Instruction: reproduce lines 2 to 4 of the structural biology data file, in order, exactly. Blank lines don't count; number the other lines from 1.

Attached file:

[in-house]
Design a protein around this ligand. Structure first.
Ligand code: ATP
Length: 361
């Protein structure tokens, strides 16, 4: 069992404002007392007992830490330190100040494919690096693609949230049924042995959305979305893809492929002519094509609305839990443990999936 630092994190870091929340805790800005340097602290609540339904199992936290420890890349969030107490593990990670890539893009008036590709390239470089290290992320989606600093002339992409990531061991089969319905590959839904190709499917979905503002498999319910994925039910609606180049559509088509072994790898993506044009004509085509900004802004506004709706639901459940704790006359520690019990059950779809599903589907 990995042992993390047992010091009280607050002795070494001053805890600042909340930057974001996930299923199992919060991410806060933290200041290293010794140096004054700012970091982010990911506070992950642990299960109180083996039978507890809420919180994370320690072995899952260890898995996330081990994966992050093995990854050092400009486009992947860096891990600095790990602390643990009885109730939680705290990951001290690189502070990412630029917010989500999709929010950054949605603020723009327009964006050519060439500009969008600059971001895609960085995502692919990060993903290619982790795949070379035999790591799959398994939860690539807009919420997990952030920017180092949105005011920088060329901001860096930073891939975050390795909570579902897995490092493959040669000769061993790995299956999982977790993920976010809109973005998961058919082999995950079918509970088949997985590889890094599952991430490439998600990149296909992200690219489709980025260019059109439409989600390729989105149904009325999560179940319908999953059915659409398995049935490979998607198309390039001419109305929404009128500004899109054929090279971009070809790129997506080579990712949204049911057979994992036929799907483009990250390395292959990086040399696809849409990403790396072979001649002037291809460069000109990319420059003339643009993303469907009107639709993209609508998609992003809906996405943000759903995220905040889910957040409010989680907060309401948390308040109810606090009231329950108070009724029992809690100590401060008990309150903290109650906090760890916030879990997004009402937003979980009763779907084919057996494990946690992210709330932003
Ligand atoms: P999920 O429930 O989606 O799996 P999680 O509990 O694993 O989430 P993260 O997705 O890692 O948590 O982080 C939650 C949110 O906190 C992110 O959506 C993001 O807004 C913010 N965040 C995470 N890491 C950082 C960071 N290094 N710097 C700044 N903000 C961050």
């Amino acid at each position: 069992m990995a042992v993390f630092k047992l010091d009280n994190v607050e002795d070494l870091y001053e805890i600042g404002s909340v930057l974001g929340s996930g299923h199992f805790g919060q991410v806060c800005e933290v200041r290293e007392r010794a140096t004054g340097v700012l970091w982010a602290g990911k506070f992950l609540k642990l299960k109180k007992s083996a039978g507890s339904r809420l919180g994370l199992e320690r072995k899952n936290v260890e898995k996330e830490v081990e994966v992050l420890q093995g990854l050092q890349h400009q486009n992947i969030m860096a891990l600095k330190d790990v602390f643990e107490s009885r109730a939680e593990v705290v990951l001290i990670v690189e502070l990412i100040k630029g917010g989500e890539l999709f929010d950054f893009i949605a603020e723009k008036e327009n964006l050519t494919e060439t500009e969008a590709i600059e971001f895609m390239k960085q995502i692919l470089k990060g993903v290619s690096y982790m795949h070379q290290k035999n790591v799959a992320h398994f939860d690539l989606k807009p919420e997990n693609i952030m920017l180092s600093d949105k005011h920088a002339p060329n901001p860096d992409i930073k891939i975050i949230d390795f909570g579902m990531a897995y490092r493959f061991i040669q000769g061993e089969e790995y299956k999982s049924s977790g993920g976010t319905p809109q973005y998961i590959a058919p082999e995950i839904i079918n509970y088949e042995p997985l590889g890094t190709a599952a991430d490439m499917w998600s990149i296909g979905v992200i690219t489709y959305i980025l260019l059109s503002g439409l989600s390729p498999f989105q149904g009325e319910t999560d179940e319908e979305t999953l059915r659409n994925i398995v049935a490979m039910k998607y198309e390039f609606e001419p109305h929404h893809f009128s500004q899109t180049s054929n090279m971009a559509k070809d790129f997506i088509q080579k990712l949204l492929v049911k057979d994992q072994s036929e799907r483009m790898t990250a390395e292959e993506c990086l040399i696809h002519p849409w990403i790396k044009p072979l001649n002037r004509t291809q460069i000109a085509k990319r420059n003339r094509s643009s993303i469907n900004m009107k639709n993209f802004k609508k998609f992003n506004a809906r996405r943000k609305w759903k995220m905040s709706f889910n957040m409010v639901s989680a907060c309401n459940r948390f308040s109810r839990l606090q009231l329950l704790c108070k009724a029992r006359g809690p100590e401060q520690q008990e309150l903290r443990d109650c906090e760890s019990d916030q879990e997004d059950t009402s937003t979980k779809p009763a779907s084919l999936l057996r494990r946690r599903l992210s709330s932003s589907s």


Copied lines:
Design a protein around this ligand. Structure first.
Ligand code: ATP
Length: 361